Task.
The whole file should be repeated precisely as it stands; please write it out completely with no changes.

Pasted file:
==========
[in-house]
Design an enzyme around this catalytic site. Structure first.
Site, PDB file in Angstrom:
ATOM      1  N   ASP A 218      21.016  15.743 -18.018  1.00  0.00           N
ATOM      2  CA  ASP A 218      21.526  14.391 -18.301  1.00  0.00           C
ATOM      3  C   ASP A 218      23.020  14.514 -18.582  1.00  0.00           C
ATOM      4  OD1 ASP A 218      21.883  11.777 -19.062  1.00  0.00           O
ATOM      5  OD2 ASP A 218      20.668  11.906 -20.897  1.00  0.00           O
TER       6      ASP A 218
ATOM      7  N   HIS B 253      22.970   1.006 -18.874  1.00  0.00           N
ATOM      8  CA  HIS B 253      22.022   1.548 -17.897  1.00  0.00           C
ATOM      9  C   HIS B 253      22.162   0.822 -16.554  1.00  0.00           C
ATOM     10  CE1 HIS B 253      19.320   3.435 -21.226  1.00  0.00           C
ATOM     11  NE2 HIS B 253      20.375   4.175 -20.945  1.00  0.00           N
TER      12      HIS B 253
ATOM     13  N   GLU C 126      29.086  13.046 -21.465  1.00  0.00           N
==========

[in-house]
Design an enzyme around this catalytic site. Structure first.
Site, PDB file in Angstrom:
ATOM      1  N   ASP A 218      21.016  15.743 -18.018  1.00  0.00           N
ATOM      2  CA  ASP A 218      21.526  14.391 -18.301  1.00  0.00           C
ATOM      3  C   ASP A 218      23.020  14.514 -18.582  1.00  0.00           C
ATOM      4  OD1 ASP A 218      21.883  11.777 -19.062  1.00  0.00           O
ATOM      5  OD2 ASP A 218      20.668  11.906 -20.897  1.00  0.00           O
TER       6      ASP A 218
ATOM      7  N   HIS B 253      22.970   1.006 -18.874  1.00  0.00           N
ATOM      8  CA  HIS B 253      22.022   1.548 -17.897  1.00  0.00           C
ATOM      9  C   HIS B 253      22.162   0.822 -16.554  1.00  0.00           C
ATOM     10  CE1 HIS B 253      19.320   3.435 -21.226  1.00  0.00           C
ATOM     11  NE2 HIS B 253      20.375   4.175 -20.945  1.00  0.00           N
TER      12      HIS B 253
ATOM     13  N   GLU C 126      29.086  13.046 -21.465  1.00  0.00           N